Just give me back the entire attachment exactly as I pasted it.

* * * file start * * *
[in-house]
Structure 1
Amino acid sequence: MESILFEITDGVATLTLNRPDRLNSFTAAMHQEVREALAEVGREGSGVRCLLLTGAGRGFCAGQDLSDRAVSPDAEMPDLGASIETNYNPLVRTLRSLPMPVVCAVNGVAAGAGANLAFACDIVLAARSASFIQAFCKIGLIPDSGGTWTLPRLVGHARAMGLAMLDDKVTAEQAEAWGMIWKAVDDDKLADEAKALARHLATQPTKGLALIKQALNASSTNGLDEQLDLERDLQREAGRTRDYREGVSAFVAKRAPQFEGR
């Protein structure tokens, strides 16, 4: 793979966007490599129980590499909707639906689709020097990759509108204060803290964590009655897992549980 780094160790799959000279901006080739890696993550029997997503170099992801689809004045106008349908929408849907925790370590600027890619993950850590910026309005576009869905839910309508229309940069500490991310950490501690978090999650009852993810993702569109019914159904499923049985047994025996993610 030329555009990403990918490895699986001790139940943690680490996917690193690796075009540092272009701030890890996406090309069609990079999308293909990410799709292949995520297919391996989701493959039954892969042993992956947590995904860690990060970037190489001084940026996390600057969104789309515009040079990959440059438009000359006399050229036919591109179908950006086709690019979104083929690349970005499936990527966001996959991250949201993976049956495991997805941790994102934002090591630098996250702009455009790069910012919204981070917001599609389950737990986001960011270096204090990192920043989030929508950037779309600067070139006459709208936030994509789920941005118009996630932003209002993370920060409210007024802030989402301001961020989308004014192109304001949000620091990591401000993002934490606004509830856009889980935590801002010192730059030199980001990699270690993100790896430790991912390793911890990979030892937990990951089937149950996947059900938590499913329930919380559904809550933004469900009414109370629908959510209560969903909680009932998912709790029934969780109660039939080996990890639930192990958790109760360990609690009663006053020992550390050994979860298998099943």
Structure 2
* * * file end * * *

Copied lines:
[in-house]
Structure 1
Amino acid sequence: MESILFEITDGVATLTLNRPDRLNSFTAAMHQEVREALAEVGREGSGVRCLLLTGAGRGFCAGQDLSDRAVSPDAEMPDLGASIETNYNPLVRTLRSLPMPVVCAVNGVAAGAGANLAFACDIVLAARSASFIQAFCKIGLIPDSGGTWTLPRLVGHARAMGLAMLDDKVTAEQAEAWGMIWKAVDDDKLADEAKALARHLATQPTKGLALIKQALNASSTNGLDEQLDLERDLQREAGRTRDYREGVSAFVAKRAPQFEGR
């Protein structure tokens, strides 16, 4: 793979966007490599129980590499909707639906689709020097990759509108204060803290964590009655897992549980 780094160790799959000279901006080739890696993550029997997503170099992801689809004045106008349908929408849907925790370590600027890619993950850590910026309005576009869905839910309508229309940069500490991310950490501690978090999650009852993810993702569109019914159904499923049985047994025996993610 030329555009990403990918490895699986001790139940943690680490996917690193690796075009540092272009701030890890996406090309069609990079999308293909990410799709292949995520297919391996989701493959039954892969042993992956947590995904860690990060970037190489001084940026996390600057969104789309515009040079990959440059438009000359006399050229036919591109179908950006086709690019979104083929690349970005499936990527966001996959991250949201993976049956495991997805941790994102934002090591630098996250702009455009790069910012919204981070917001599609389950737990986001960011270096204090990192920043989030929508950037779309600067070139006459709208936030994509789920941005118009996630932003209002993370920060409210007024802030989402301001961020989308004014192109304001949000620091990591401000993002934490606004509830856009889980935590801002010192730059030199980001990699270690993100790896430790991912390793911890990979030892937990990951089937149950996947059900938590499913329930919380559904809550933004469900009414109370629908959510209560969903909680009932998912709790029934969780109660039939080996990890639930192990958790109760360990609690009663006053020992550390050994979860298998099943």
Structure 2